its not desperate, but its not a great life either. really shabby tv and boredom.

though on the plus theres good eatin' and no self respecting southerner would eat instant grits.

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if you get out of the big cities and towns in the usa you see this so called poverty belt.

they are not starving, rather living a life of square wonderbread and poor tv meals.

its not desperate, but its not a great life either. really shabby tv and boredom.

though on the plus theres good eatin' and no self respecting southerner would eat instant grits.

Real incomes for the poor have decreased in the USA in the last 20 years. They were poor and are now even more so.

Tempest:

Using your example it is more like

A. was $1000 now $1200

B. was $100 now $110

C. was $10 now $10.50 ($9.75 in real terms)

It is a big problem in the US. So much so that people like Bill Gates and Warren Buffet have asked the government to introduce death duties and other progressive wealth taxes.

Edited by gone west

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I take the point made about the rich/poor divide but to play devils advocate for a mo, "poor" or "poverty" in the US (or UK for that matter) is not "poor" or "poverty" in, say African terms. I have a problem with people who are apparently "in poverty" here in the UK according to the liberal/leftie anti capitalist foundations yet who have big council houses, high social security payments etc and more net disposable income, Sky tv, shopping etc than many hard working types.

Society has always been split between wealthier and poorer - yes the "gap" is getting wider BUT its also getting "flatter" in that more people are in the "middle" now proportionately.

The problem is that with inflation and interest rates in existence the (top and bottom of the) rich poor divide will always widen whetever you do - for example two people with different amounts of money will gradually move apart relative to each other in absolute terms:

A has £1000

B has £100

C has £10

Each earns 10% interest a year on his money.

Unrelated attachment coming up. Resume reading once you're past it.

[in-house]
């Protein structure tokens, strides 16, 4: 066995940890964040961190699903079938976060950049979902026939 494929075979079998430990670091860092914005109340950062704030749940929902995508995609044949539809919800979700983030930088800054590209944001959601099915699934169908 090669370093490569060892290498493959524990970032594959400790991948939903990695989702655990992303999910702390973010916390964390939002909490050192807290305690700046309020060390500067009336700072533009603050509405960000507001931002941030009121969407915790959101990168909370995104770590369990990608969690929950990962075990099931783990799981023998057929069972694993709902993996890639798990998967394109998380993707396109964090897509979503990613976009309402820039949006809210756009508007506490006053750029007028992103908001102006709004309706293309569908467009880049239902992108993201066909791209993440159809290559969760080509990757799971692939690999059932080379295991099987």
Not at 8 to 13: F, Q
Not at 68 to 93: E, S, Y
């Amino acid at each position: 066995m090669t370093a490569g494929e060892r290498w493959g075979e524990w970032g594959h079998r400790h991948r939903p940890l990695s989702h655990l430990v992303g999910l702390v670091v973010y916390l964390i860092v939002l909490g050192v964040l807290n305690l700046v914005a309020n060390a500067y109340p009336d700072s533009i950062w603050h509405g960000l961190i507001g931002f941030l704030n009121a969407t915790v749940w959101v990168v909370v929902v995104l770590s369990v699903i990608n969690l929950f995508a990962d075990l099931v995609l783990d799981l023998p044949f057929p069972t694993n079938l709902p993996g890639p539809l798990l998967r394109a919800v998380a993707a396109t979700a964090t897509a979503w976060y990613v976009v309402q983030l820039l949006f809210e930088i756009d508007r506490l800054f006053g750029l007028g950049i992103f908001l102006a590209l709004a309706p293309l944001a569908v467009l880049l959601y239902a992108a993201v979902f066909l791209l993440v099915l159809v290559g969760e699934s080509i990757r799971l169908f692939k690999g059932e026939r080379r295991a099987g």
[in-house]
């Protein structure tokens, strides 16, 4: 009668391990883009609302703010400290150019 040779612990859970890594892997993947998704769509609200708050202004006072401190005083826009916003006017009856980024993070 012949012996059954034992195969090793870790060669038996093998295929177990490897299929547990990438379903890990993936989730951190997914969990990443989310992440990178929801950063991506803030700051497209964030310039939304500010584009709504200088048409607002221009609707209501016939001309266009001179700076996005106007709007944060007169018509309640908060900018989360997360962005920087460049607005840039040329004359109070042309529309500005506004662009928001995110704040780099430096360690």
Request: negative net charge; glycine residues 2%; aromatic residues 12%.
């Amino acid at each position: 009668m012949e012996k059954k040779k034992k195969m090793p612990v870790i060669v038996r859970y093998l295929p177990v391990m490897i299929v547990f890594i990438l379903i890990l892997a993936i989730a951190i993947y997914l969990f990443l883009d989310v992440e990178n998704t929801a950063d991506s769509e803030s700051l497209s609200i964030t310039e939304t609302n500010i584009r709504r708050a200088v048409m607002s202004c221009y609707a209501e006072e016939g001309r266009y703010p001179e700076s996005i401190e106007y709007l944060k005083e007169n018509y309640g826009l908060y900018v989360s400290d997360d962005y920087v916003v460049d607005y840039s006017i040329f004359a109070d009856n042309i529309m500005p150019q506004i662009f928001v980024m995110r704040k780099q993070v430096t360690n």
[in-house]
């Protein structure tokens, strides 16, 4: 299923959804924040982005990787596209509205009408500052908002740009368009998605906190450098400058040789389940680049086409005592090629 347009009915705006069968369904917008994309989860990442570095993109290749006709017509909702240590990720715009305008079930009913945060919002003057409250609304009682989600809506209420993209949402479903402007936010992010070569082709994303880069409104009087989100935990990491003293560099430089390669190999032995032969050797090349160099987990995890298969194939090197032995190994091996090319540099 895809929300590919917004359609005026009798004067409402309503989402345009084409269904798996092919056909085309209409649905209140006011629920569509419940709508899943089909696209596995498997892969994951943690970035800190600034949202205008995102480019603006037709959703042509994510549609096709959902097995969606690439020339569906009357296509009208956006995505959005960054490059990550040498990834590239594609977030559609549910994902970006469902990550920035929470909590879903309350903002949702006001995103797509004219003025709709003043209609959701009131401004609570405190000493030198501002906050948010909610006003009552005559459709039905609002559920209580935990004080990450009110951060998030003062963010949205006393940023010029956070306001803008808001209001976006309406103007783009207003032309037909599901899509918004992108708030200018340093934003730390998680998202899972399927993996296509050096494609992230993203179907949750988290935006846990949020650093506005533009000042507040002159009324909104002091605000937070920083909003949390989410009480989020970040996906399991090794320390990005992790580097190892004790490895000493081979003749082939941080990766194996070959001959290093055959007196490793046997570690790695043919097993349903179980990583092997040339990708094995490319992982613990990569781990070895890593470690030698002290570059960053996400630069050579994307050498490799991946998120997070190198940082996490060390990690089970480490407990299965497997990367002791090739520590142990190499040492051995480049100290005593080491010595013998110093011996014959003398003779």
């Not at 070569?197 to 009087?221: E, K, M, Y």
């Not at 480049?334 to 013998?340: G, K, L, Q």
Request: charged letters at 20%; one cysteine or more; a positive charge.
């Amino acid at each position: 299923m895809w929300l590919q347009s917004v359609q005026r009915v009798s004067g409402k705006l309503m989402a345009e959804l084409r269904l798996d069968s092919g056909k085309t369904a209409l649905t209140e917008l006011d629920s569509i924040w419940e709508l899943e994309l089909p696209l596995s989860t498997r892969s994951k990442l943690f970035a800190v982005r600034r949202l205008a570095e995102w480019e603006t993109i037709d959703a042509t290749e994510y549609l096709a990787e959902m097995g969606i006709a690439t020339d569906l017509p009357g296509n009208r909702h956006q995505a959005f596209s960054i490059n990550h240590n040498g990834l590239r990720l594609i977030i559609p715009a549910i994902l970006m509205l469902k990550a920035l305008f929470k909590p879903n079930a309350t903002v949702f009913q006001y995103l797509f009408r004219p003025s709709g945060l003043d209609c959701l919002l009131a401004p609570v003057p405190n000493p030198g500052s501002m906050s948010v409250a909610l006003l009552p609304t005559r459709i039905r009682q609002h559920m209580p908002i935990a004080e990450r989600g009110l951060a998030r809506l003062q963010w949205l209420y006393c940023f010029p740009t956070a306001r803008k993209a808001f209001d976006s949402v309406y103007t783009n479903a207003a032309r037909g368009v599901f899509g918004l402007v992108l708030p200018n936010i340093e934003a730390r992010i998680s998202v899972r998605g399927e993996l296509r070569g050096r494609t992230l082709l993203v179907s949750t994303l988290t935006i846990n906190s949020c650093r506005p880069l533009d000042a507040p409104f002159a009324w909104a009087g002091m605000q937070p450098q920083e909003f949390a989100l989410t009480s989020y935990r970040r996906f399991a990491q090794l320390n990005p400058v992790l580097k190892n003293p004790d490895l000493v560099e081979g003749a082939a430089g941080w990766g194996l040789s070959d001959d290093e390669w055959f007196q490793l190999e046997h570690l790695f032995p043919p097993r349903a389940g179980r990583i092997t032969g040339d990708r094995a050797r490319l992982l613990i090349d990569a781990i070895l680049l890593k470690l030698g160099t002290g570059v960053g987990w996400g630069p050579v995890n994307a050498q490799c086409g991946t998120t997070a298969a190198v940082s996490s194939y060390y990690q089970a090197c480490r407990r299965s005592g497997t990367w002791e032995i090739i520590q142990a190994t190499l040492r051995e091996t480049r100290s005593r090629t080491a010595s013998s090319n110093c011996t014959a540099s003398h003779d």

A now has £1100

B now has £110

C now has £11

As he did originally, A still owns 100 times the money that C has but the absolute difference in amounts owned has gone up by £99 (ie £1089 vs £990). Add in inflation and other factors and you will always increase this. My simplistic view is that worrying about the "rich poor divide" as such is a silly measure suited to certain personal/political agendas.

The better measure is absolute poverty - whatever that is, just make sure people are above that. There is no law that says that in order not to be "poor" one must have income/money proportionate to someone wealthy.

The measure of "poverty" is a family of 4 living on less than $18k. Agreed, its not Africa poverty, but you try raising a family of 4 on £200 a week!

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HPI millionaires are theoretical. As Mervyn King of the BoE reminds us: House prices are a matter of opinion whereas debt is real.

I lived in the US for the last 15 years and have seen first hand the new class of house rich. They are broke apart from their notional house values. Most have huge mortgages and pay 1.25% in local property taxes (California) plus another .5% for other local amentities. On the "average" 1 million dollar home thats about $17,500 a year in property taxes. The median income in Southern California is around $58,000--the average house price around $480k. Not so good is it?

BTW, the ARM rate (adjustable mortgage rate) in the US is now around 6.5%--it was half that two years ago and all those people who bought then on cheap money are feeling the pain right about now--especially as property taxes are due in November at around 1.25-1.75% of purchase price.

Millionaires? How about taking liabilities into account in that equation?

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  • 302 Brexit, House prices and Summer 2020

    1. 1. Including the effects Brexit, where do you think average UK house prices will be relative to now in June 2020?


      • down 5% +
      • down 2.5%
      • Even
      • up 2.5%
      • up 5%